Sales (Net):

The total dollar amount collected for goods and services provided, minusany returns, discounts, and allowances (for damaged/missing goods). While payment is not necessary for recognition of sales on companyfinancial statements, there are strict accountingguidelines stating when sales can be recognized. The basic principle is that a sale can only be recognized when the transaction is already realized, or can be quite easily realized. This means that the company should have already received a payment, or the chance of receiving a payment is high. In addition, delivery of the good or service should have taken place for the sale to be recognized.

Revenue (Sales) Growth Rate

1. The amount of increase, or thecompounded annualized rate of growth, of a company's revenues or sales over a specific period of time.

Different types ofindustries havedifferent benchmarks for rates of growth. For instance,companies that are on the cutting edge oftechnology wouldbemore likely to have higher annual rates of growth compared to a mature industry, like retail sales.
The use of historical growth rates is one of the simplest methods of estimating future growth. However, historically high growth rates don't always mean a high rate of growth looking into the future, because industrial and economic conditions change constantly. For example,the auto industry has higher rates of revenue growth during good economic times. However, in times of recession, consumerswould bemore inclinedtobe frugal and not spend disposable incomeon a new car.

Earnings Per Share (EPS):

Earnings (which is what's left of your revenue after subtracting the costs of producing or delivering the product or service and any taxes you paid on the amount you took in).divided by the number of shares outstanding. It is the portion of a company's profit allocated to each outstanding share of common stock. EPS serves as an indicator ofa company's profitability. It is calculated as:


Total Company Earnings

= ------

Number of Outstanding Shares

(In the EPS calculation, it is more accurate to use aweighted average number of shares outstanding over the reporting term, because thenumber of shares outstanding can change over time. However, data sourcessometimes simplify the calculationby using the number of shares outstanding at the end of the period.)

Earnings per share is generally considered to be the single mostimportant variable in determining a share's price.It is also a major component of the price-to-earnings valuation ratio.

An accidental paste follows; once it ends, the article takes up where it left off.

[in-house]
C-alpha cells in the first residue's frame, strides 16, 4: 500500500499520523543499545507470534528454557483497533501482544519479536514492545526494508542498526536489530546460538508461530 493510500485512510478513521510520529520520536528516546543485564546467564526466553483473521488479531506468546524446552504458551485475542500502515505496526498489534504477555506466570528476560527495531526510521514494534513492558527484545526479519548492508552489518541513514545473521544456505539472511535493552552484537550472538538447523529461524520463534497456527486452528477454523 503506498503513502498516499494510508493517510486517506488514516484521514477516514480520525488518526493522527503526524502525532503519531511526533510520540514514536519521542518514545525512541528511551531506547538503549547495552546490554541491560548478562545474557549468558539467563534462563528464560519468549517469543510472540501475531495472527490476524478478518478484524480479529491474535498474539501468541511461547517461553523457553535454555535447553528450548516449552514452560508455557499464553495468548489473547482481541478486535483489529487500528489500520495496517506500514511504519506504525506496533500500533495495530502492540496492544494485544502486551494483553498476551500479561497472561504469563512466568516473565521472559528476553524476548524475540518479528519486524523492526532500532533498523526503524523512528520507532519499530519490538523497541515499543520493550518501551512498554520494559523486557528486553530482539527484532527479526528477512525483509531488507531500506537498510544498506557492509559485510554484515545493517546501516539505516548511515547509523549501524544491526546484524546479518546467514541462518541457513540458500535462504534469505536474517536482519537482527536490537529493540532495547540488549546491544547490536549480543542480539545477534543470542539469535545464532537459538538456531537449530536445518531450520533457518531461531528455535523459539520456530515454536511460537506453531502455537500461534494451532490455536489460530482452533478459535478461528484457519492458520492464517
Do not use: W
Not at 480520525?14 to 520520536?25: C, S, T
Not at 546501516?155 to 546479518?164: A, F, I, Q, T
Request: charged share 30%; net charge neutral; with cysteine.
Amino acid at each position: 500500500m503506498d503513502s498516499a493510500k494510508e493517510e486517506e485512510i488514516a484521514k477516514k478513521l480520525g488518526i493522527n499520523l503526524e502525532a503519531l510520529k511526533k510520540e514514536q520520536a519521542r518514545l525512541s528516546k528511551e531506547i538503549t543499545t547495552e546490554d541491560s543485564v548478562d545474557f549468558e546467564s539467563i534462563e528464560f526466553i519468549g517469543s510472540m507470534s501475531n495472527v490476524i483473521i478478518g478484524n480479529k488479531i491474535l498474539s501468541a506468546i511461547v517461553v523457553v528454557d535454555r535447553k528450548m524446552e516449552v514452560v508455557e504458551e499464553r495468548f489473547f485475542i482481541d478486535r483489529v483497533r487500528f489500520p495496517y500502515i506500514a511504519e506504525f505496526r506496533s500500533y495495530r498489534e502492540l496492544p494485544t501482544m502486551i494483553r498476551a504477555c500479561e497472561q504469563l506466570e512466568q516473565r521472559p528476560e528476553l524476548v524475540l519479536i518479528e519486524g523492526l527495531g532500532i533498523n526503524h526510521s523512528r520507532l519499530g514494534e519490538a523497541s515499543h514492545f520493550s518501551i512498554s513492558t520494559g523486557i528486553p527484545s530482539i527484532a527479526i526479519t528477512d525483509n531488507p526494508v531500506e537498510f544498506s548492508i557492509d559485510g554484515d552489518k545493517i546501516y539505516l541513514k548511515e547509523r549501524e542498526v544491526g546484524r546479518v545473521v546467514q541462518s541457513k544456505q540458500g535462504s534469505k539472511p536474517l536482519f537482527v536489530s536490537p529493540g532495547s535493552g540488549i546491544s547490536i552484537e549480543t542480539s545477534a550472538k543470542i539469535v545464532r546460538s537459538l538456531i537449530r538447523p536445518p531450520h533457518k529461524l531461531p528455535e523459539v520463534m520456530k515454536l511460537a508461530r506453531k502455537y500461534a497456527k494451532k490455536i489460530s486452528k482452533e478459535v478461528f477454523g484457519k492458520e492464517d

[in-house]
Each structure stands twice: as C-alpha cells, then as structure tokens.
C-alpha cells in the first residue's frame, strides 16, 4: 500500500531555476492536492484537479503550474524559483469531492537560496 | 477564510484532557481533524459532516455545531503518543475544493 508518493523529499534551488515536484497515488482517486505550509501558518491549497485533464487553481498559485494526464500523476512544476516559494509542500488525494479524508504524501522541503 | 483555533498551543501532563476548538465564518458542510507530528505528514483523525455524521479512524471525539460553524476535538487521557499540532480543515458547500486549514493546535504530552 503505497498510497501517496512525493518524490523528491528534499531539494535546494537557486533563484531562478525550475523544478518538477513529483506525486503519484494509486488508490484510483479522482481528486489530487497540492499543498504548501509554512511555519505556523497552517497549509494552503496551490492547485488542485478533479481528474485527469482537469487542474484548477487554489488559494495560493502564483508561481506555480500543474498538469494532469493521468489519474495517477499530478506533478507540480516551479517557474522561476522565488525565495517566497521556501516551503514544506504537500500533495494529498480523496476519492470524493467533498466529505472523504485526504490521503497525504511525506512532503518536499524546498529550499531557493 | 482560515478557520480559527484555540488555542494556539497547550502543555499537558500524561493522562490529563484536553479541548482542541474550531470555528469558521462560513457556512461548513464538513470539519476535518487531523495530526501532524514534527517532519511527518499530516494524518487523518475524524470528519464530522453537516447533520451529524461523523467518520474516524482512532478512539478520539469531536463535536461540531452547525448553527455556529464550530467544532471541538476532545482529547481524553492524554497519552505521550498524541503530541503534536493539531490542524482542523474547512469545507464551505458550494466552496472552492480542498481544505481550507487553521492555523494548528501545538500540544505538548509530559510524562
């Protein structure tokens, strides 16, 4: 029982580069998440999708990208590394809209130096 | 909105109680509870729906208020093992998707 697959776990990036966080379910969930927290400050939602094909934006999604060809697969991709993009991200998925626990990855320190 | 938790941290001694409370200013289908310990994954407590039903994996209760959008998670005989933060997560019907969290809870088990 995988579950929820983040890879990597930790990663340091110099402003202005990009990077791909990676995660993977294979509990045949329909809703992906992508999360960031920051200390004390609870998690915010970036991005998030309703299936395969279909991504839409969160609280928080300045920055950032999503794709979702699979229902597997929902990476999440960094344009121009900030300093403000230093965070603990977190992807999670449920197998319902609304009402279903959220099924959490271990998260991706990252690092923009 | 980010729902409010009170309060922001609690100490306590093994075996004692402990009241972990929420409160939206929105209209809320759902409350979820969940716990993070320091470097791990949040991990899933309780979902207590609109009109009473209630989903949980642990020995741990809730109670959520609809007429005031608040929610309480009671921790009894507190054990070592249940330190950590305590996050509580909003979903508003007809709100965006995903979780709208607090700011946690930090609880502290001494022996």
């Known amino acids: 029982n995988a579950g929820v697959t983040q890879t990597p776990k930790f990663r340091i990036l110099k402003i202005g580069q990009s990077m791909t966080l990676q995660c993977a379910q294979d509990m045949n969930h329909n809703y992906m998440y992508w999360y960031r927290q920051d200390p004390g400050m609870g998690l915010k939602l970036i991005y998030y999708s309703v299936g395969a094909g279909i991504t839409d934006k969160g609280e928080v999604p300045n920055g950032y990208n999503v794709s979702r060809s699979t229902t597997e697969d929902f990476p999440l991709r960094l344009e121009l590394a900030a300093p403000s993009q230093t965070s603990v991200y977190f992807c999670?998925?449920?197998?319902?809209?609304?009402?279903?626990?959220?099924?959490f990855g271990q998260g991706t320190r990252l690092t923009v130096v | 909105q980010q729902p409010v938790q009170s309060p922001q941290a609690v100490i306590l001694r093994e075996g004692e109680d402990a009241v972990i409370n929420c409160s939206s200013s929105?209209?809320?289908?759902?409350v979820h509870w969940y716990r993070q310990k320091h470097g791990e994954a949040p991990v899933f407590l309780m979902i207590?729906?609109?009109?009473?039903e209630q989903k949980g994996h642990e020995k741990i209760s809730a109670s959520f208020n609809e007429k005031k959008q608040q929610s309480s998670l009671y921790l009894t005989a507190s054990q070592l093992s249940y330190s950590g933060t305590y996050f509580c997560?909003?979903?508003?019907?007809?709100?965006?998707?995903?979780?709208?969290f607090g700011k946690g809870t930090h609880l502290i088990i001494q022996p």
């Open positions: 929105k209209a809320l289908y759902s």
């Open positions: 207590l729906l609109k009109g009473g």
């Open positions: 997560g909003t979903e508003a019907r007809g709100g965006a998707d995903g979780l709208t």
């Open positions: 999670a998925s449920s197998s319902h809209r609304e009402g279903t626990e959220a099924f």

For example, if a company earns $100 million in a year and has issued 50 million shares, the earnings per share are $2. OR, assume that a company has a net income of $25 million. If the company pays out $1 million in preferred dividendsand has 10 million shares forhalf of the year and 15 million shares for the other half, the EPS would be $1.92 (24/12.5). First, the $1 million is deducted from the net income to get $24 million, and then a weighted average is taken to find the number of shares outstanding (0.5 x 10M+ 0.5 x 15M = 12.5M).
An important aspect of EPS that's often ignored is the capital that is required to generate the earnings (net income) in the calculation. Two companies could generate the same EPS number, but one could do sowithless equity (investment) - that company would be more efficient at using itscapital to generate income and, all other things being equal, would be a "better" company.

EPS can be calculated for the previous year ("trailing EPS"), for the current year ("current EPS"), or for the coming year ("forward EPS"). Note that last year's EPS would be actual, while current year and forward year EPS would be estimates.

Dividend Yield

A ratio thatshows how much a company pays out in dividends each year relative to its share price.In the absence of any capital gains, the dividend yield is the return on investment for astock.It is calculated as:

Dividend yield isa way to measure how much cash flow you are getting for each dollar invested - in other words,how much "bang for your buck" you are getting from dividends. Investors who require a minimum stream of cash flow from their investment portfolio can secure this cash flow by investing in stocks paying relatively high, stable dividend yields.
For example, if two companies both pay annual dividends of $1 per share, but ABC company's stock is trading at $20while XYZ company's stock is trading at $40, then ABC has a dividend yield of 5% while XYZ is only yielding 2.5%. Thus, assuming all other factors are equivalent, an investor looking to supplement his or her income would likely prefer ABC's stock over that of XYZ.